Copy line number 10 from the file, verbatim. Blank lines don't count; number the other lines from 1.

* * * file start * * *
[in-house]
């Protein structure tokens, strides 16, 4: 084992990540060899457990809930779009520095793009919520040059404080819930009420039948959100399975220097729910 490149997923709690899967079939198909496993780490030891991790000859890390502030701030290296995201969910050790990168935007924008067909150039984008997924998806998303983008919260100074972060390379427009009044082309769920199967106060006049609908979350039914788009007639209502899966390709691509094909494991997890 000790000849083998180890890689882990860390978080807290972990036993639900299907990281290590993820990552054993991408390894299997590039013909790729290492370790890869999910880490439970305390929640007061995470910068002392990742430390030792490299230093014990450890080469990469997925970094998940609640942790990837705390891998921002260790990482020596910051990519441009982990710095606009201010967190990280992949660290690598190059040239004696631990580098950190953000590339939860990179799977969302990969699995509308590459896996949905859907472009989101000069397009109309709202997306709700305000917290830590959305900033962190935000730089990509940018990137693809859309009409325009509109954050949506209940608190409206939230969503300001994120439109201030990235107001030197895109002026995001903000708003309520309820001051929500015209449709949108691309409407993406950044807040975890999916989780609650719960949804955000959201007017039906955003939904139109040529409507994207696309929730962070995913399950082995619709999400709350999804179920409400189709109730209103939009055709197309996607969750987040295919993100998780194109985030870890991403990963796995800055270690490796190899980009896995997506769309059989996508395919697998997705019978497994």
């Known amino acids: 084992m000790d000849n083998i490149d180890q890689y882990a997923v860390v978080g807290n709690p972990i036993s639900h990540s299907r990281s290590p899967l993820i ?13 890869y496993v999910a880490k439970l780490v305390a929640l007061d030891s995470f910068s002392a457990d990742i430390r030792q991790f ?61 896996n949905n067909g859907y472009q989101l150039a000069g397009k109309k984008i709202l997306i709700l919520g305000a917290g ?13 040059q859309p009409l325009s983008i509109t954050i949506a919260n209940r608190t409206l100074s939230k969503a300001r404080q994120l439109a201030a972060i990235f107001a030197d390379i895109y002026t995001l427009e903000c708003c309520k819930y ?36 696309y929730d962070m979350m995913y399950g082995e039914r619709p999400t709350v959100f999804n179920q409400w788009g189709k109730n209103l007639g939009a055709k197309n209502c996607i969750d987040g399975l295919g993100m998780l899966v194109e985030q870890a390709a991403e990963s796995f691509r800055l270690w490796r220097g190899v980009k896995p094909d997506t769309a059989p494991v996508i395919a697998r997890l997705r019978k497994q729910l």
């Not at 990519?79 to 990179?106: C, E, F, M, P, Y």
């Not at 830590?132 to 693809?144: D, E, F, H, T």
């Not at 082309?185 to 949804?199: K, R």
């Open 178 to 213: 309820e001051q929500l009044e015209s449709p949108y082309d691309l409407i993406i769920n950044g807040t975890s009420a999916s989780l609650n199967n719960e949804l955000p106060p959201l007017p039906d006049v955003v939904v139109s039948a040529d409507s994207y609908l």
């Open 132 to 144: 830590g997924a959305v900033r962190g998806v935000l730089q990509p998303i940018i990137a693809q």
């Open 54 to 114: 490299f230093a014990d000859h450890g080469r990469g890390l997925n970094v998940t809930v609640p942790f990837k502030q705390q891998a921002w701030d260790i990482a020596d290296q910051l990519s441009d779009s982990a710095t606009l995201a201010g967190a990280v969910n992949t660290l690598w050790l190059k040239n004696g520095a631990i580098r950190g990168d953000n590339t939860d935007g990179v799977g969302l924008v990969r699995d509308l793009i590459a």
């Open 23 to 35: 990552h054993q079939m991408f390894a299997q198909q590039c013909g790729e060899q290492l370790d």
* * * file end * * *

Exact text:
């Open 23 to 35: 990552h054993q079939m991408f390894a299997q198909q590039c013909g790729e060899q290492l370790d």